Guitar Slim Jr. wrote: ↑
Wed Jul 19, 2017 5:53 pm
But it's not really a great example of "solo lute music," as it didn't start life as an instrumental, and already exists in a variety of keys.
As a side note, the short charming lute pieces are the ones I enjoy the most, and there are quite a lot of them! Ronn McFarlane did two full length CDs just of the short Scottish stuff alone, and there are some real gems among them, most of which have been rendered in different keys for different reasons by different people.
Matthew McAllister has arranged a nice set of five of these pieces for performance, and I'm pretty sure that at least two of them are in different keys from the originals.
Incidentally, the literature and the recordings are full of examples of guitarists who not only chose different keys for reasons not typically stated (though we can often make an educated guess at the reason), but who took advantage of guitar techniques that wouldn't have been used at all by a lutenist. As one example from the Baroque period, Parkening's performance of Weiss' famous Passacaglia is the best I've heard on any instrument, yet he not only changes a couple notes, but he uses harmonics. Alexandre Lagoya also did some interesting things with the same Passacaglia which would probably not have been employed by a lutenist. Karl Scheit broke with tradition and arranged Kemp's Jig in E Major rather than the more typical key of D Major, possibly for the same reasons I arranged Packington's Pound in D Minor. I've seen Greensleeves arranged for guitar in just about every minor key available, etc., etc., etc. (a bit of an exaggeration, yes).
Some choices are possibly made to make some ancient music more "appropriate" as performances pieces. I mentioned Guardame las vacas along with the Otra Parte in a previous post (and in one of my first posts on this forum). These pieces present a bit of a challenge to the modern performer because it seems appropriate to perform both the first four variations and the Otra Parte, but how is one to do that logically? The fourth variation of the first four presents such a decisive conclusion that it's a bit jarring to then go on to perform the Otra Part. Also, the first four are in a different key, with no transition making it flow from A Minor to D Minor more naturally.
Many guitarists seem to just throw up their hands in defeat and they omit the Otra Parte altogether. This is an unfortunate choice, IMO, because the Otra Parte is quite beautiful and deserves to be performed just as much as the first four variations.
Segovia was a tiny bit more daring and opted to arrange the first variation from the Otra Part in A Minor, and he placed it right in the middle of the four variations. So he played five of the available seven. Not ideal, but at least the decisive ending comes at the end, and the key transition issue is avoided.
Narciso Yepes arranged the first four variations in D Minor to match the Otra Part, but performed the two sets of variations in order so that the decisive ending occurs right in the middle of the piece. Also not ideal, but at least the key transition issue is avoided.
Alirio Díaz went the other way and arranged the Otra Part in A Minor (taking some liberties with octaves), and put all three variations from the Otra Parte right in the middle of the first four. That's the most logical approach I've seen so far, though I would suggest a more interesting solution (see below).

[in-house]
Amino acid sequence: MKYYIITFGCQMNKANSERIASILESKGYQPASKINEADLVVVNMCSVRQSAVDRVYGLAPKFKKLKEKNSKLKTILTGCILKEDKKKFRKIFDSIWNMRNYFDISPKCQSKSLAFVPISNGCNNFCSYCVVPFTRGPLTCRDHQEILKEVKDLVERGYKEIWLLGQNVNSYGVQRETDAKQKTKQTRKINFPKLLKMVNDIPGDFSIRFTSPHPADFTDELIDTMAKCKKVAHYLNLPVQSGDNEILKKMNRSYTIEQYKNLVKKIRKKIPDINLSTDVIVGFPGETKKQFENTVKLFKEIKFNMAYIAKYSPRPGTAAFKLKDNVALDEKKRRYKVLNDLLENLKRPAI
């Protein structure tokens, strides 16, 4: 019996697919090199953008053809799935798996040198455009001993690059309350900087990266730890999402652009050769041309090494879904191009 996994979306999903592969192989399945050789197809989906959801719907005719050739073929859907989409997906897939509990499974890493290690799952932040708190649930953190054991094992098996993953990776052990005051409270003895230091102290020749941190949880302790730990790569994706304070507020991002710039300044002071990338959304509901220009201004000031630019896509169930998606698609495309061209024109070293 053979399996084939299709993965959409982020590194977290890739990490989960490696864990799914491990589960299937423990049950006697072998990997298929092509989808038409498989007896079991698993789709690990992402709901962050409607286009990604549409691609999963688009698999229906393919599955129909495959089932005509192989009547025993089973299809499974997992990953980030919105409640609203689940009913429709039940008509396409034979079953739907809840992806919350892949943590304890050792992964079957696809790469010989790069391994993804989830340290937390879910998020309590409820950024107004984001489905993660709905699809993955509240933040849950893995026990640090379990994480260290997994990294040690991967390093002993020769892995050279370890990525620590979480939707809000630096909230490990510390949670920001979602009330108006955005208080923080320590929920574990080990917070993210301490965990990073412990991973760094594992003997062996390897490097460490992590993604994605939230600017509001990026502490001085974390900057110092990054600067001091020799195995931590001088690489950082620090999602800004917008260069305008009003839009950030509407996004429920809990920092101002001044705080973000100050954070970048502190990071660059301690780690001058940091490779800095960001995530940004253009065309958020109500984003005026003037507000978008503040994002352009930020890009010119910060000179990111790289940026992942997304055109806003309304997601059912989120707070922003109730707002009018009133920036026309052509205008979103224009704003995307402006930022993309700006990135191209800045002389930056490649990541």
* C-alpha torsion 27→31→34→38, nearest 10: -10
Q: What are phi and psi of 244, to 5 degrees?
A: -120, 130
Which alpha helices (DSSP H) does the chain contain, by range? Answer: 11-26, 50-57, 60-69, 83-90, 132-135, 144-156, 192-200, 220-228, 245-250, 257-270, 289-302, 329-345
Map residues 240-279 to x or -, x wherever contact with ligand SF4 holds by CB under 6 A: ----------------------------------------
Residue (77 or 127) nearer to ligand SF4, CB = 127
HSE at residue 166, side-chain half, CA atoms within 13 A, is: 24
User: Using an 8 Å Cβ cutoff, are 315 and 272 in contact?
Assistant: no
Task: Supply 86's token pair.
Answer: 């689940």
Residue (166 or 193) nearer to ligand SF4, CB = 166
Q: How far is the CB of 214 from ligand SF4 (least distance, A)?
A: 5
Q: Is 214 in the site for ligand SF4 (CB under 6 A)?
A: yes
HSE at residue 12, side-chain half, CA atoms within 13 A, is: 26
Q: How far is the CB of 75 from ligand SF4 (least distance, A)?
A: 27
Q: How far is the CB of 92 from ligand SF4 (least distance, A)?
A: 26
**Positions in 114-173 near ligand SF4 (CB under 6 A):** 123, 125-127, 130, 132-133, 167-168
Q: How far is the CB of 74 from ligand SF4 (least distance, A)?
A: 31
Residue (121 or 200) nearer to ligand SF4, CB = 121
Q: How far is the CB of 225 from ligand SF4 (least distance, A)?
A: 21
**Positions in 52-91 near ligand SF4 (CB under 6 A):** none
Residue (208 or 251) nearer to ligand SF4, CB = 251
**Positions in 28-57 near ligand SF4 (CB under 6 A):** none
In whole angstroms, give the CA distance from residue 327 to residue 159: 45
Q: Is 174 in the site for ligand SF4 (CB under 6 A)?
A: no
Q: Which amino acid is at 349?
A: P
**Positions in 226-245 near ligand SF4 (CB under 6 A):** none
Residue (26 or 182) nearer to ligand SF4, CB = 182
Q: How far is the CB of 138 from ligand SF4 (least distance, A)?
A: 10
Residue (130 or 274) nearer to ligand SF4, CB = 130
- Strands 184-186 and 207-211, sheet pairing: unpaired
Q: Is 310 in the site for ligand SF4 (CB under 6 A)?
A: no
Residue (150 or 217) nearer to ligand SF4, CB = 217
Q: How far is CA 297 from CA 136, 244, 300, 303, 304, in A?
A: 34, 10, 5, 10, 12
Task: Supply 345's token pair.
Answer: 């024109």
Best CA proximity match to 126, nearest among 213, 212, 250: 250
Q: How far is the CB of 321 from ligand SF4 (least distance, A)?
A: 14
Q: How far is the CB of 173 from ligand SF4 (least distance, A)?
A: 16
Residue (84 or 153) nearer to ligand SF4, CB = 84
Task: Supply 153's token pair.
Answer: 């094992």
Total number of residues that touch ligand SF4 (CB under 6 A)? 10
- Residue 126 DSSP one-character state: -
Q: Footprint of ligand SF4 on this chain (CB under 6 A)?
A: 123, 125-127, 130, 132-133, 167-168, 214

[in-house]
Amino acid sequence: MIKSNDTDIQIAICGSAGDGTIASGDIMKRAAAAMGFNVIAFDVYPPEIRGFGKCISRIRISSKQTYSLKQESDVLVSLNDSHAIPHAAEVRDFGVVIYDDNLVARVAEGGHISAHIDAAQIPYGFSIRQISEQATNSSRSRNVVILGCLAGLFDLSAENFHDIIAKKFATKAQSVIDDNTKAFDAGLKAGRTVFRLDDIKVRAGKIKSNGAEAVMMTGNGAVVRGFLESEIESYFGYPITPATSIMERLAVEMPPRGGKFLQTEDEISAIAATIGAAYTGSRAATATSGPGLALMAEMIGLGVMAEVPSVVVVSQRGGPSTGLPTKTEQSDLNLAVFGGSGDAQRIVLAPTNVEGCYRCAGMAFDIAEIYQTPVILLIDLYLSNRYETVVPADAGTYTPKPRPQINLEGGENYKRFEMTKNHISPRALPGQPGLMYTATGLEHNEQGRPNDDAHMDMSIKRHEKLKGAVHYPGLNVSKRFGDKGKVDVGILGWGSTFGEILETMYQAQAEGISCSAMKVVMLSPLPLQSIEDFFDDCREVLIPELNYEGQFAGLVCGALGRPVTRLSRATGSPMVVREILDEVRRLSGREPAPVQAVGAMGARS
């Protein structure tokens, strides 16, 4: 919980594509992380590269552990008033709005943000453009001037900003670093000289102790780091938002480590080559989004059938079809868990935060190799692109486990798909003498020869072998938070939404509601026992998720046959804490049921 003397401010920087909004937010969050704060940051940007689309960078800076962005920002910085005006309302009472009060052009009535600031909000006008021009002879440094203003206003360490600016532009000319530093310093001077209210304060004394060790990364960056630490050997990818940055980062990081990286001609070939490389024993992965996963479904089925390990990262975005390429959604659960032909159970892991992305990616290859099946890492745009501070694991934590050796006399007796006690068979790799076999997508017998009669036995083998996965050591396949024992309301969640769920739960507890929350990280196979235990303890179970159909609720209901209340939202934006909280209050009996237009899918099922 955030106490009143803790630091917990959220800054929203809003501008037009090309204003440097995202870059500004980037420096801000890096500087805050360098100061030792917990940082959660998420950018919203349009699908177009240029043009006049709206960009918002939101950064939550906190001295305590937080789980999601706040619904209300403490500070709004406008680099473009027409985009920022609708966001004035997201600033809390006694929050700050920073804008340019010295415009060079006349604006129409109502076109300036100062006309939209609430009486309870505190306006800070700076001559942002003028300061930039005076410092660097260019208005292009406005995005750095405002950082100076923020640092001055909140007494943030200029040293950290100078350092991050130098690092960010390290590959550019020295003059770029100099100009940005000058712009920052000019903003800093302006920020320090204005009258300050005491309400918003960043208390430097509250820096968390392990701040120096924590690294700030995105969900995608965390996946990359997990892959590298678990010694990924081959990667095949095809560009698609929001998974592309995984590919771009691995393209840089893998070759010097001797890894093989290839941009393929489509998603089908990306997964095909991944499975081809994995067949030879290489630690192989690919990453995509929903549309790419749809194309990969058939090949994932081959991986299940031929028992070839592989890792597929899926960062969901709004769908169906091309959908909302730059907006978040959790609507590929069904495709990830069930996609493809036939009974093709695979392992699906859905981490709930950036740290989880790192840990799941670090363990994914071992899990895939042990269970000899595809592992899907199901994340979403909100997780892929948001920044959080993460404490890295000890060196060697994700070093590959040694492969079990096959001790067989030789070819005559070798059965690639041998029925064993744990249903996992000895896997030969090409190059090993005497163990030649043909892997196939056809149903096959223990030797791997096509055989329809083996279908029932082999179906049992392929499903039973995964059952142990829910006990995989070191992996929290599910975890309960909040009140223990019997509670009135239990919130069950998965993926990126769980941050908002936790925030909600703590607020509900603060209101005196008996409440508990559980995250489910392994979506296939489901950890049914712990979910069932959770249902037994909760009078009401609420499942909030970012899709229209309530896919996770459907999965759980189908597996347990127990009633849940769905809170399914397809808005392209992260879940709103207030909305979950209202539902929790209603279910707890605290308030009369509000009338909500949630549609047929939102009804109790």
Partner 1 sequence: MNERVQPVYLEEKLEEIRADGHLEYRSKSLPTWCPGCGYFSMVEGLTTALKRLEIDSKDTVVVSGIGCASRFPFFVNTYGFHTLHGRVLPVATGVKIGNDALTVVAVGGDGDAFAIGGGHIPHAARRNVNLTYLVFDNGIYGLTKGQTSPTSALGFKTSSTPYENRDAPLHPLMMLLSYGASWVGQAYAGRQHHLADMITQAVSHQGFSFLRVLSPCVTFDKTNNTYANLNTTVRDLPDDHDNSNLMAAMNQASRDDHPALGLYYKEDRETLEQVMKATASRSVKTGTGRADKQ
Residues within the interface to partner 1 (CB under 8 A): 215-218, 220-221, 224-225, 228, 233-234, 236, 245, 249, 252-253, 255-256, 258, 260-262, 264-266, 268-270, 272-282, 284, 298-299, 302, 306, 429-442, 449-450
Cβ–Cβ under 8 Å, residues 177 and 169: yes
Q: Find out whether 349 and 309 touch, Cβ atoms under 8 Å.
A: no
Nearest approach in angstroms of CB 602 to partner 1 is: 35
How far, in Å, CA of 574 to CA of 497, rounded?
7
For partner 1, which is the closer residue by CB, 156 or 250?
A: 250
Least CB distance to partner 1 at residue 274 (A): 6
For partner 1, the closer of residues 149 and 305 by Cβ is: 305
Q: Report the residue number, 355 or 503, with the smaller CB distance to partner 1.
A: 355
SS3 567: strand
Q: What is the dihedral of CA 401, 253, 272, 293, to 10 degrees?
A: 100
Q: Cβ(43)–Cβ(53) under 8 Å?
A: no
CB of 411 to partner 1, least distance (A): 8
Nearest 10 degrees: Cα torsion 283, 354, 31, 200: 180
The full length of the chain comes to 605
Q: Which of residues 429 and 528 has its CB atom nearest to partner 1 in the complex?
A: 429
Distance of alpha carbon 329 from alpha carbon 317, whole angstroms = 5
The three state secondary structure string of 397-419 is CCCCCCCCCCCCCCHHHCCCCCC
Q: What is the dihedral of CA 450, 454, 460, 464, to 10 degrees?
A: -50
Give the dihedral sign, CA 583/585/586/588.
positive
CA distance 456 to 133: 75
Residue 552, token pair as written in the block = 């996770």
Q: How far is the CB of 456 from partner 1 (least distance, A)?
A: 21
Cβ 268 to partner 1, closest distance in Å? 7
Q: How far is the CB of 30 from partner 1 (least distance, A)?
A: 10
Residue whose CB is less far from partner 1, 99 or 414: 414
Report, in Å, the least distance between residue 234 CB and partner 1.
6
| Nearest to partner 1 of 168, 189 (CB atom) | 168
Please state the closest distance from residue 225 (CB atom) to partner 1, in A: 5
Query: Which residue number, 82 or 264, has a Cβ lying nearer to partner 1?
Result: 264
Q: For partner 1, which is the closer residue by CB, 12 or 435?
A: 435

Angel Romero performs the first four variations followed by the Otra Part, both in their different keys. While this is faithful to the original, it seems doubly problematic, because it not only has the decisive ending of the first set of variations in the middle of the performance, but it has that quirky shift from one minor key to another with no musicologically "sound" transition (pun intended).
Of all of these approaches, Angel Romero's seems to be the most problematic, musicologically speaking, yet only it mirrors the original composer's intent, as far as we're able to ascertain it.
I would suggest another approach: Put both sets of variations in the same key, whether it be A Minor or D Minor (I'd probably opt for D Minor), but then alternate them as follows:
1st variation from the first four played vigorously (like Segovia does)
1st variation from the Otra Parte played a bit more pensively
2nd variation from the first four played vigorously
2nd variation from the Otra Parte played a bit more pensively
3rd variation from the first four played vigorously
3rd variation from the Otra Parte played a bit more pensively
4th variation from the first four played vigorously for a strong decisive ending
This creates a sort of "musical conversation" between the somewhat more decisive statements of the first four variations and the somewhat pensive responses from the Otra Parte. To my knowledge no one has taken this approach yet, but I think it would express this old music in a new and interesting way. True, it strays from the original composer's intent, but so did the the approaches of Segovia, Yepes, Diaz (and probably others I haven't heard).
In making these sorts of choices I don't think that guitarists are necessarily suggesting that they know better than the original composer, and I don't think the original composers, were they alive today to witness such use of their music, would feel anything but pride and surprise that people still love it enough to play it after all this time.